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Odilon Redon Tapestry featuring the painting Buddha #1 by Odilon Redon

Boundary: Bleed area may not be visible.

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Buddha #1 Tapestry

Odilon Redon

by Odilon Redon




Image Size


Product Details

Our lightweight, microfiber tapestries are available in three different sizes and feature incredible artwork to complement any wall space. Each tapestry has hemmed edges for secure hanging with nails and/or thumbtacks.

Design Details

Odilon Redon Buddha... more

Care Instructions

Machine wash cold and tumble dry with low heat.

Ships Within

1 - 2 business days

Additional Products

Buddha #1 Painting by Odilon Redon


Buddha #1 Canvas Print

Canvas Print

Buddha #1 Framed Print

Framed Print

Buddha #1 Art Print

Art Print

Buddha #1 Poster


Buddha #1 Metal Print

Metal Print

Buddha #1 Acrylic Print

Acrylic Print

Buddha #1 Wood Print

Wood Print

Buddha #1 Greeting Card

Greeting Card

Buddha #1 iPhone Case

iPhone Case

Buddha #1 Throw Pillow

Throw Pillow

Buddha #1 Duvet Cover

Duvet Cover

Buddha #1 Shower Curtain

Shower Curtain

Buddha #1 Tote Bag

Tote Bag

Buddha #1 Round Beach Towel

Round Beach Towel

Buddha #1 Zip Pouch

Zip Pouch

Buddha #1 Beach Towel

Beach Towel

Buddha #1 Weekender Tote Bag

Weekender Tote Bag

Buddha #1 Portable Battery Charger

Portable Battery Charger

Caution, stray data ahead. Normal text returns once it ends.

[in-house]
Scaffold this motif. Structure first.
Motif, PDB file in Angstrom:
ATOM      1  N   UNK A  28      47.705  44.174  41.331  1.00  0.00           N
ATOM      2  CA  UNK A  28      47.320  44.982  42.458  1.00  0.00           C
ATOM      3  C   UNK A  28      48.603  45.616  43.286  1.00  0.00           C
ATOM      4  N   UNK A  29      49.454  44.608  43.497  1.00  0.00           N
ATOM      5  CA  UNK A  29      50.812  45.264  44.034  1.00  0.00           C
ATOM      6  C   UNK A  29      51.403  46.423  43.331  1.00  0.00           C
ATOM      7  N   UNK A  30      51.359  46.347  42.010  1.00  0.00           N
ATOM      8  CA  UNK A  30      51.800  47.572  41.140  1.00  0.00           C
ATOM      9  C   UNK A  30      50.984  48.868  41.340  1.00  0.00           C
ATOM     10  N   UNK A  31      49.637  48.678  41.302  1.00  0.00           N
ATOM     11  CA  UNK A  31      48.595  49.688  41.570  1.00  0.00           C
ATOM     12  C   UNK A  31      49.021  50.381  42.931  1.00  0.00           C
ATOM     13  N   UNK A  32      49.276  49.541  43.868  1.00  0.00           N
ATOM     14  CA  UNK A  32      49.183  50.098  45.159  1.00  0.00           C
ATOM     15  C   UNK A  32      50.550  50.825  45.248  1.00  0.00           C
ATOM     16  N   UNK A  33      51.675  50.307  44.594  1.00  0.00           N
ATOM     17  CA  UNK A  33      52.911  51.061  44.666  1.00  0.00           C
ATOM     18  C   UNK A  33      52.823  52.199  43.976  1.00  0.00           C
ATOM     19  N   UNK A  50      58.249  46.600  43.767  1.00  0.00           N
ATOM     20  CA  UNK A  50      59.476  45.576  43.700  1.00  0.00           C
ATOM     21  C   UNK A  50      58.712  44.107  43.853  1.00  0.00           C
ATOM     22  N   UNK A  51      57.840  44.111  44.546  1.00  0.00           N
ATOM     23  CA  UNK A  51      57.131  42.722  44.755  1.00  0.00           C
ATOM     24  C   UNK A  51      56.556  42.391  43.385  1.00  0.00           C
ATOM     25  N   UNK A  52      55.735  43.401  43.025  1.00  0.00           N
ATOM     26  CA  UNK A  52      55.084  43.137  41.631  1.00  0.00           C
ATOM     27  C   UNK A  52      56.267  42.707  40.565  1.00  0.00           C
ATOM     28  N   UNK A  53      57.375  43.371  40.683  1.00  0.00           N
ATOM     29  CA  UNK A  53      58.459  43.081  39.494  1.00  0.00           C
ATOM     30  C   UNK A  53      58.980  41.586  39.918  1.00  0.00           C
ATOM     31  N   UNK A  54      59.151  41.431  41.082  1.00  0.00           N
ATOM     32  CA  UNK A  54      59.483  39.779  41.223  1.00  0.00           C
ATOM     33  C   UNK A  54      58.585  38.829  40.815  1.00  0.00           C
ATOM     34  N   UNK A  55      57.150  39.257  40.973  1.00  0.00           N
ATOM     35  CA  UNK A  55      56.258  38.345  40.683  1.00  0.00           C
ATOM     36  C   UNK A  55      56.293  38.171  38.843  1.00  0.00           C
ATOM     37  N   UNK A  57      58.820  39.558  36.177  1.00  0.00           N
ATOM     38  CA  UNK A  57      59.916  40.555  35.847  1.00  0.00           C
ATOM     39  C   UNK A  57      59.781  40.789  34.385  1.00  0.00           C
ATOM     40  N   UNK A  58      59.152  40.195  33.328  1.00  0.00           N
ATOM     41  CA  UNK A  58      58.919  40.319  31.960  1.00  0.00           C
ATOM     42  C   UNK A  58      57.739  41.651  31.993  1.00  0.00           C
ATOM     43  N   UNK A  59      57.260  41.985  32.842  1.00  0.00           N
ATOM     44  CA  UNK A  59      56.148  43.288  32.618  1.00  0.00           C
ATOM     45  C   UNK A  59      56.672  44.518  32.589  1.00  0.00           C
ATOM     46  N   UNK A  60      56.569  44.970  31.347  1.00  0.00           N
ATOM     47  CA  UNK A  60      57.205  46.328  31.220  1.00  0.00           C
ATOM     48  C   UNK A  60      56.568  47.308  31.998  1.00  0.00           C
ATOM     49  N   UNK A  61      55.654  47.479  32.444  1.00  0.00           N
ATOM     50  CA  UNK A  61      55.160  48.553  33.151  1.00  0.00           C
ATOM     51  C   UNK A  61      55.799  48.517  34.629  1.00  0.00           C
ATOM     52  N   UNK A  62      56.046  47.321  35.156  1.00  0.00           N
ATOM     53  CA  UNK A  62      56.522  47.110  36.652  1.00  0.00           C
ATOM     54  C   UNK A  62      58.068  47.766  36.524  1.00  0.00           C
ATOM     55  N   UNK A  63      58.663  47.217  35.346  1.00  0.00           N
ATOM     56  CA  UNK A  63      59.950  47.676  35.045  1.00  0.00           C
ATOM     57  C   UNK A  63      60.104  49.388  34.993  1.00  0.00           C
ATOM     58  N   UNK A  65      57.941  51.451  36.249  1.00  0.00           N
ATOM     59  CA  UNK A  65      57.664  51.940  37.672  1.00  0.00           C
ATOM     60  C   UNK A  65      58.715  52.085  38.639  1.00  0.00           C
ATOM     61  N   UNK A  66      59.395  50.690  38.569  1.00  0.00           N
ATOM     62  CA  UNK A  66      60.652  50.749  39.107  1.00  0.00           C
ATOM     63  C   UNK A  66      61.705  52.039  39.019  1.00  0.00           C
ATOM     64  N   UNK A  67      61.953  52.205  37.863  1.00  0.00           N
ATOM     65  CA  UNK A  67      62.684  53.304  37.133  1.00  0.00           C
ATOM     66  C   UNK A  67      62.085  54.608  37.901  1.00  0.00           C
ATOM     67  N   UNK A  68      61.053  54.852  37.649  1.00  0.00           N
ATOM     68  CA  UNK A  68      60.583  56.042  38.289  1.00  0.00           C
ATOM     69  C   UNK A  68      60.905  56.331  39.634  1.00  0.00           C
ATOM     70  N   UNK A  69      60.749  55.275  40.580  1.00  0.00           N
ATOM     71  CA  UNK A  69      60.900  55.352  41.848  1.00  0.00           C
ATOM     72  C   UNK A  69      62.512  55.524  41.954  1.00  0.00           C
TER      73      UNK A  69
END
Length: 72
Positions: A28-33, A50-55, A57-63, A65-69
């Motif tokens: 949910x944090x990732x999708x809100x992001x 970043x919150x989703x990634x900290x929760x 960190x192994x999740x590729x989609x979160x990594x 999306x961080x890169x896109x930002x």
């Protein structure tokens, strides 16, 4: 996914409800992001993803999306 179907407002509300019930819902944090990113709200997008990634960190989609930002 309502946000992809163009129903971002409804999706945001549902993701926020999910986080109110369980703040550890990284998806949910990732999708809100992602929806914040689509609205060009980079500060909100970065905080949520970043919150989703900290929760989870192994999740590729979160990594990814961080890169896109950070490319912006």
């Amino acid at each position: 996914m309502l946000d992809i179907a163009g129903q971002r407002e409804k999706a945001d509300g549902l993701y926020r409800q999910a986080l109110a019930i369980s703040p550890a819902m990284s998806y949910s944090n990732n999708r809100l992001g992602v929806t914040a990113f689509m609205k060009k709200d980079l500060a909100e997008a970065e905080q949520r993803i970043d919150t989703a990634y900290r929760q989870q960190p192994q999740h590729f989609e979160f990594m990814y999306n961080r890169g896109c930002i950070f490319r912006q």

Buddha #1 Bath Towel

Bath Towel

Buddha #1 T-Shirt


Buddha #1 Coffee Mug

Coffee Mug

Buddha #1 Yoga Mat

Yoga Mat

Buddha #1 Spiral Notebook

Spiral Notebook

Buddha #1 Fleece Blanket

Fleece Blanket

Buddha #1 Tapestry


Buddha #1 Jigsaw Puzzle

Jigsaw Puzzle

Buddha #1 Sticker


Buddha #1 Ornament


Tapestry Tags

tapestries odilon redon tapestries buddha tapestries

Painting Tags

paintings odilon redon paintings buddha paintings

Artist's Description

Odilon Redon Buddha
Odilon Redon was a French symbolist painter, printmaker, draughtsman and pastellist.
Redon's work represents an exploration of his internal feelings and psyche. He himself wanted to "place the visible at the service of the invisible"; thus, although his work seems filled with strange beings and grotesque dichotomies, his aim was to represent pictorially the ghosts of his own mind.A telling source of Redon's inspiration and the forces behind his works can be found in his journal A Soi-meme (To Myself). His process was explained best by himself when he said:

"I have often, as an exercise and as a sustenance, painted before an object down to the smallest accidents of its visual appearance; but the day left me sad and with an unsatiated thirst. The next day I let the other source run, that of imagination, through the recollection of the forms and I was then reassured and appeased."
Redon also describes his work as ambiguous and undefinable: